After writings books with the somewhat overused title of “The Gospel According to…” about television shows LOST and Tony Soprano, Pastor Chris Seay reaches way back into a different pop cultural time period for his latest Gospel According to book – more than 2,000 years in fact to the time of Jesus’ ministry and the origins of our faith.
The result is The Gospel According to Jesus: A Faith That Restores All Things. Dissecting the teachings of Jesus much the way he dissected complex TV shows in his two previous offerings (this is his seventh book overall), Seay hones in on righteousness and what it means to seek righteousness in our pursuit of living the life Christ still teaches us to live in today’s day and age.
I haven’t read the books or watched the television shows the two aforementioned books were based on, but I do have a lot of experience with Christ’s teaching, particularly the teaching of righteousness with the feltboard Jesus and disciples in my early Sunday School days. Early on in the book, Seay comments how many of us, some of us who have been in church our whole lives, have misunderstood Christ’s teaching about righteousness and used our misunderstanding as weapons that judge, divide, polarize and turn those outside of our community of faith away from the Gospel instead of toward it.
During his work on a project called The Voice, Seay writes, “it became clear that the righteousness the majority of Christians are ‘seeking first’ was not biblical righteousness at all. In fact, it was more like the righteousness of the Pharisees (read: self-righteousness). This is a major problem. No wonder the church was so self-righteous and condescending!”
Through much of the book, Seay unpacks what it looks like to seek the kind of holistic, kingdom-minded righteousness that Christ teaches – one that seeks in every way to follow what Jesus said were the two greatest commandments – to love the Lord our God with all our heart, soul and mind and love our neighbor as ourself.
He does this with a lot of personal experiences (like his awkward encounter at a yoga class, an iron-sharpening-iron boat trip and experience in a church men’s room filled with flat screen TVs), some out of left field pot shots at my favorite baseball team (couldn’t resist – I’m a Cubs fan and he clearly is not) and a healthy dose of scripture and commentary. Oh and he also has some interviews with other well-known friends like Shane Claiborne, Gabe Lyons and Mark Batterson (sadly, the female voices are lacking) and some beautiful color artwork articulating some of his points in the middle.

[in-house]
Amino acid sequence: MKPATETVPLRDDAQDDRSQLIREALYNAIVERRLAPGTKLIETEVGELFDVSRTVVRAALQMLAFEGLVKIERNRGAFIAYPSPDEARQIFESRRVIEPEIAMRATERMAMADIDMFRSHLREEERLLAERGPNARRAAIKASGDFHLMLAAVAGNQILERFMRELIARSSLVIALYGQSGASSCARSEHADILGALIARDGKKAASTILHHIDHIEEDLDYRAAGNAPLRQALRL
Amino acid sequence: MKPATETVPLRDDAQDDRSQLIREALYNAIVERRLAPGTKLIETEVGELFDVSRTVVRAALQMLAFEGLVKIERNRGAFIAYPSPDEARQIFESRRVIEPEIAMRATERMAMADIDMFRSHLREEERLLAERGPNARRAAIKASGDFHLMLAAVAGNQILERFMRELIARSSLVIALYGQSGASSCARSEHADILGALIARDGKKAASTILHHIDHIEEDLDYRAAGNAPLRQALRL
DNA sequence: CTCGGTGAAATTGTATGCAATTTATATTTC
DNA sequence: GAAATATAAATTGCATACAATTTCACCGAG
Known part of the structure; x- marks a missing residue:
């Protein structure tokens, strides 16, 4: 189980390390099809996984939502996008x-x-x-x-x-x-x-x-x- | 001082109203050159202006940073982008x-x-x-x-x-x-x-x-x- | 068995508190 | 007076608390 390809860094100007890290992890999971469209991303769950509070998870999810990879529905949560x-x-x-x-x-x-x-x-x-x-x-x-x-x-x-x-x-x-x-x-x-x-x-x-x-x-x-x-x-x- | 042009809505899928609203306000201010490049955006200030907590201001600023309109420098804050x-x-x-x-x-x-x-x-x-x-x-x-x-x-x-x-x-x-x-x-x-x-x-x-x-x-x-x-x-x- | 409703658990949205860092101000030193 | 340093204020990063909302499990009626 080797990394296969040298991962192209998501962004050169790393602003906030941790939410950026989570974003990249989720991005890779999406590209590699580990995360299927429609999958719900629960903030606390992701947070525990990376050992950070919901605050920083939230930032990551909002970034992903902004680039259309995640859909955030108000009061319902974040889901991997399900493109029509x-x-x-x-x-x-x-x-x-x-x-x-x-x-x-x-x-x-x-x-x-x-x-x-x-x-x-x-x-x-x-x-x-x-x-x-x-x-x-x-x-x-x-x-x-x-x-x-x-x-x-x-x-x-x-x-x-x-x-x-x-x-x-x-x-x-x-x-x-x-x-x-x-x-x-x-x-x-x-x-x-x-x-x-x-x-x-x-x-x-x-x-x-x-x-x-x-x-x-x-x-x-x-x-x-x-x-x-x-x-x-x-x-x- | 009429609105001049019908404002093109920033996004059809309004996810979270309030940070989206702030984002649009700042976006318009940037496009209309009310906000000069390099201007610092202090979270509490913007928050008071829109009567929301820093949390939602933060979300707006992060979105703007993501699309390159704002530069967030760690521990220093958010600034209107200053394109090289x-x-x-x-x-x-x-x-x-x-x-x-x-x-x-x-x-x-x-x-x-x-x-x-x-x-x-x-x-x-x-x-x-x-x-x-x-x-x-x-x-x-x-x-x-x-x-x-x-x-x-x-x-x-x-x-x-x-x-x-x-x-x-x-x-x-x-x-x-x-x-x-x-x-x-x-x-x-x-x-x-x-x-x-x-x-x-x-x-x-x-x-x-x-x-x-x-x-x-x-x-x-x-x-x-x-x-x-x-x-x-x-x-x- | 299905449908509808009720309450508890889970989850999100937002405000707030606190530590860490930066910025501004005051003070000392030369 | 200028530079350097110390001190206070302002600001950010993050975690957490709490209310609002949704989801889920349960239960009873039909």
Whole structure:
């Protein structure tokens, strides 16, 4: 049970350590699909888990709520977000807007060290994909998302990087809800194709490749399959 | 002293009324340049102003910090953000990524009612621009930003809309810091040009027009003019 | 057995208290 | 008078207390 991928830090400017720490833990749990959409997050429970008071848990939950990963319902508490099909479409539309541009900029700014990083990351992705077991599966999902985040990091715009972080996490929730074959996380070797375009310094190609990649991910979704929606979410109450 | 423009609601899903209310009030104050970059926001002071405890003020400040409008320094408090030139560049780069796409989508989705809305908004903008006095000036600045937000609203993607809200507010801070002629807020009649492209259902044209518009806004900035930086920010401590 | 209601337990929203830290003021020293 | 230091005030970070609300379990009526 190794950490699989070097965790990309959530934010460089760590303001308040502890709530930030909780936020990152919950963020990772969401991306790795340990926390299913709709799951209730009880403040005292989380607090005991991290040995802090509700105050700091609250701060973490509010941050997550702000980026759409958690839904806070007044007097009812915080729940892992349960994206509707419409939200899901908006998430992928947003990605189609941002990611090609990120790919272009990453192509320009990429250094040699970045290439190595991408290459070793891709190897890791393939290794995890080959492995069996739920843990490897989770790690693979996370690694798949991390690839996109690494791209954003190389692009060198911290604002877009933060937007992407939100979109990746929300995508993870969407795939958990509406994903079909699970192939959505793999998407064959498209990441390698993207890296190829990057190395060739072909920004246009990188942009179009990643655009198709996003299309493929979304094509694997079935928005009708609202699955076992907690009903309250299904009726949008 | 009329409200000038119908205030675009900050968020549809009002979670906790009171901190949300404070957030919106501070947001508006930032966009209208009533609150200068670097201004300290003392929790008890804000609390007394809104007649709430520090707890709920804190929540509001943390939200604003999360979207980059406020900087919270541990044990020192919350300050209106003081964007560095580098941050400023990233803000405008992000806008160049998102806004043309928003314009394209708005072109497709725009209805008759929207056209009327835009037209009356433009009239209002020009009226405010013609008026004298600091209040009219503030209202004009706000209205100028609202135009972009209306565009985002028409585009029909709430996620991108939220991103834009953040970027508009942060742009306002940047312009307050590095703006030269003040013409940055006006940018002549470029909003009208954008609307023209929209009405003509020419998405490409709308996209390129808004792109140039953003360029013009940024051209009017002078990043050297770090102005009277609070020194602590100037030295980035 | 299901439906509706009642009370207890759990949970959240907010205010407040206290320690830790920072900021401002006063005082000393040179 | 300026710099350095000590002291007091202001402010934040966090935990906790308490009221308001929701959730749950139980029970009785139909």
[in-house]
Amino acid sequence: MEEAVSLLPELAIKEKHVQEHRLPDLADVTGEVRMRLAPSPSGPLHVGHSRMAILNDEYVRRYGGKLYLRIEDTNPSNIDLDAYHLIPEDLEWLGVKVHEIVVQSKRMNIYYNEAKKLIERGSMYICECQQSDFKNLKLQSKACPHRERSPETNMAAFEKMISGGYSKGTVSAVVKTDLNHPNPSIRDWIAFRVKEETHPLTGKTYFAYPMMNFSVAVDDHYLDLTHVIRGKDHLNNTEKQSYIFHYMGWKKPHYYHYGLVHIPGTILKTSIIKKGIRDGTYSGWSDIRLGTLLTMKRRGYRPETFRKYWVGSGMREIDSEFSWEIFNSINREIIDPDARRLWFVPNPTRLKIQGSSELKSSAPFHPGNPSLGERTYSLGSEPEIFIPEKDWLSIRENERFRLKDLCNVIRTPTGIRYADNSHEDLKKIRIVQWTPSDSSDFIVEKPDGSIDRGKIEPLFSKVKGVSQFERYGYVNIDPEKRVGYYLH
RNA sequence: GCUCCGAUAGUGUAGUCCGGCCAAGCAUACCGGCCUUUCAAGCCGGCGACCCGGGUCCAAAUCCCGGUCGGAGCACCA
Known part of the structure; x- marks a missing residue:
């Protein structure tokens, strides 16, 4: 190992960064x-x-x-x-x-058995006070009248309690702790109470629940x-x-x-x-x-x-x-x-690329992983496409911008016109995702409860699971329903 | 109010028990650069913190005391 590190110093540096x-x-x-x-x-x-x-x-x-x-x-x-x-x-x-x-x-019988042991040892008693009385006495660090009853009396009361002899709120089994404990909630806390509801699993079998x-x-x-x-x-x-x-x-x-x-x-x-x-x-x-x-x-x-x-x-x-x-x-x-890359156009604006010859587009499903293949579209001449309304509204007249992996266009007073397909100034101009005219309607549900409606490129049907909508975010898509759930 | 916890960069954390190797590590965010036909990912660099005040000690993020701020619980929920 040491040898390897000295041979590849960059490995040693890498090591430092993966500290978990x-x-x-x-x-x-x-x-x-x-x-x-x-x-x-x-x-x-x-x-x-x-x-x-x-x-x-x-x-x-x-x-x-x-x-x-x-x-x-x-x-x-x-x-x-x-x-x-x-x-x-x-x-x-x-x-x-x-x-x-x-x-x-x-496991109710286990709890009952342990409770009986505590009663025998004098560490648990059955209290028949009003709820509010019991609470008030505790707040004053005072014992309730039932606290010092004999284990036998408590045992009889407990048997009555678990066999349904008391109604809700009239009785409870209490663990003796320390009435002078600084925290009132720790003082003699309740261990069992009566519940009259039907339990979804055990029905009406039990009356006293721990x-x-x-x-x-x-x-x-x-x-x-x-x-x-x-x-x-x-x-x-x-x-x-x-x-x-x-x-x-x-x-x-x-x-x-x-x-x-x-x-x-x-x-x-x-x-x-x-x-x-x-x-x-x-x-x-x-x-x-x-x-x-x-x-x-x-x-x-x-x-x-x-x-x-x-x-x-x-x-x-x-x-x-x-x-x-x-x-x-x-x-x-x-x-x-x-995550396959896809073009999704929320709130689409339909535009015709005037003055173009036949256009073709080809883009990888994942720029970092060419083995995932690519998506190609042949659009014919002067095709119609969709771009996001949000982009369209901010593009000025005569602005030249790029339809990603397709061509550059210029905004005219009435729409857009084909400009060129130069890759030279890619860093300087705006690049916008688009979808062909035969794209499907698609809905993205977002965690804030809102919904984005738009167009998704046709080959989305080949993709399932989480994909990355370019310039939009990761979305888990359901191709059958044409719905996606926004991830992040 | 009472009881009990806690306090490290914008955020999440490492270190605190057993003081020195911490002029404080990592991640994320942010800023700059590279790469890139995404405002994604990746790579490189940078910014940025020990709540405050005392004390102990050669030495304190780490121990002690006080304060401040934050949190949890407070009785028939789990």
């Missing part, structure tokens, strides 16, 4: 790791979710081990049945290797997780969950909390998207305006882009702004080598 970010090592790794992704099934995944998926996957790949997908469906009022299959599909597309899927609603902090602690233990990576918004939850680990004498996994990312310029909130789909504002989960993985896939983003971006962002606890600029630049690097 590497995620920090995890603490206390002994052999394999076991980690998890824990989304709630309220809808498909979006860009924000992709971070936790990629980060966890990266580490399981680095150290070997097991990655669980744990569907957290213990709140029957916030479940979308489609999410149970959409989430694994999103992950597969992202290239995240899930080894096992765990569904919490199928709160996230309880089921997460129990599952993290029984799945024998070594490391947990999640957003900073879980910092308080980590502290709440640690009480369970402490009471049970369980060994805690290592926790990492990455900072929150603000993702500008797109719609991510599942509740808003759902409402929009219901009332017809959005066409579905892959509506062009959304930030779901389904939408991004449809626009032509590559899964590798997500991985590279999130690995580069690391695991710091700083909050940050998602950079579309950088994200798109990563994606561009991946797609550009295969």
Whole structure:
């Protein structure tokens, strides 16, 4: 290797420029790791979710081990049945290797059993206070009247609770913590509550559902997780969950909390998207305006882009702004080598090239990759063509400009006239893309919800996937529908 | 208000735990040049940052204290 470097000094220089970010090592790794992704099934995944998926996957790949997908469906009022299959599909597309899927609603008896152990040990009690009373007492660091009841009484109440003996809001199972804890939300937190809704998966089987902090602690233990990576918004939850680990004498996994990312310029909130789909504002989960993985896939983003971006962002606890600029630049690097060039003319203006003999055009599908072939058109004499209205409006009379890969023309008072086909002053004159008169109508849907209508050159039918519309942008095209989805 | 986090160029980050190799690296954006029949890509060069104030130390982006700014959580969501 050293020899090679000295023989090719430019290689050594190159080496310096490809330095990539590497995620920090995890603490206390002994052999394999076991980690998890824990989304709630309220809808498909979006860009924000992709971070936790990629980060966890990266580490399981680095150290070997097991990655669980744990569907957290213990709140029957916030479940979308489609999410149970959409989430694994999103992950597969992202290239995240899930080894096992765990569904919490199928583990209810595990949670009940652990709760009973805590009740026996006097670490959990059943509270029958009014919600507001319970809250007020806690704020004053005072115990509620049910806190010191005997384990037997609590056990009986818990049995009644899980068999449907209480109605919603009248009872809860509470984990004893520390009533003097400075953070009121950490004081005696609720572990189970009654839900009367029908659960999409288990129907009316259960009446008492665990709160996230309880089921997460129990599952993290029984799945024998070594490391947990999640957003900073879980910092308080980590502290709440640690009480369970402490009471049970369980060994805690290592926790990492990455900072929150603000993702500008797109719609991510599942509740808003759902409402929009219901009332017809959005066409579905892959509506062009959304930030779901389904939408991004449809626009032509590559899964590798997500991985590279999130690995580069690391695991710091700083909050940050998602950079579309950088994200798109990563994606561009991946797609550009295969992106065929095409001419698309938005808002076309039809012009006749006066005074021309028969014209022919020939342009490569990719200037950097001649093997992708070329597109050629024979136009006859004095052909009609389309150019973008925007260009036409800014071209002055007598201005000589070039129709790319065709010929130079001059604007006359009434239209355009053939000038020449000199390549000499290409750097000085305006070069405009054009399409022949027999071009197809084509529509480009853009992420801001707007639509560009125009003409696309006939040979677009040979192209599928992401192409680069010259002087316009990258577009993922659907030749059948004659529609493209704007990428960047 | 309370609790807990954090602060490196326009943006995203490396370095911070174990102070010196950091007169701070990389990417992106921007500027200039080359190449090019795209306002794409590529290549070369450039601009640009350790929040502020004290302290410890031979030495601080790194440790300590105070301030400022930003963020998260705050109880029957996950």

The style makes for a somewhat disjointed book that for whatever reason took me much longer than it takes me to read a book under 200 pages. Since he’s coming from a Baptist theological perspective (as it seems most published Christian authors are) there are some things that don’t completely jive with the Wesleyan tradition, but there is also plenty of meat in the book that gives a perspective on something we as Christians can never get enough of – the words and teachings of our savior. In a time where it’s really easy to confuse the good news of Christ with our own Americanized version of what it means to seek Him first, it’s never a bad thing to seek and be reminded through our reading of scripture first and supplemental material second what exactly the good news of Christ is in the words of Jesus himself.
Purchase The Gospel According to Jesus: A Faith That Restores All Things at Christianbook.com.
A complimentary copy of this book was provided by its publisher, Thomas Nelson.
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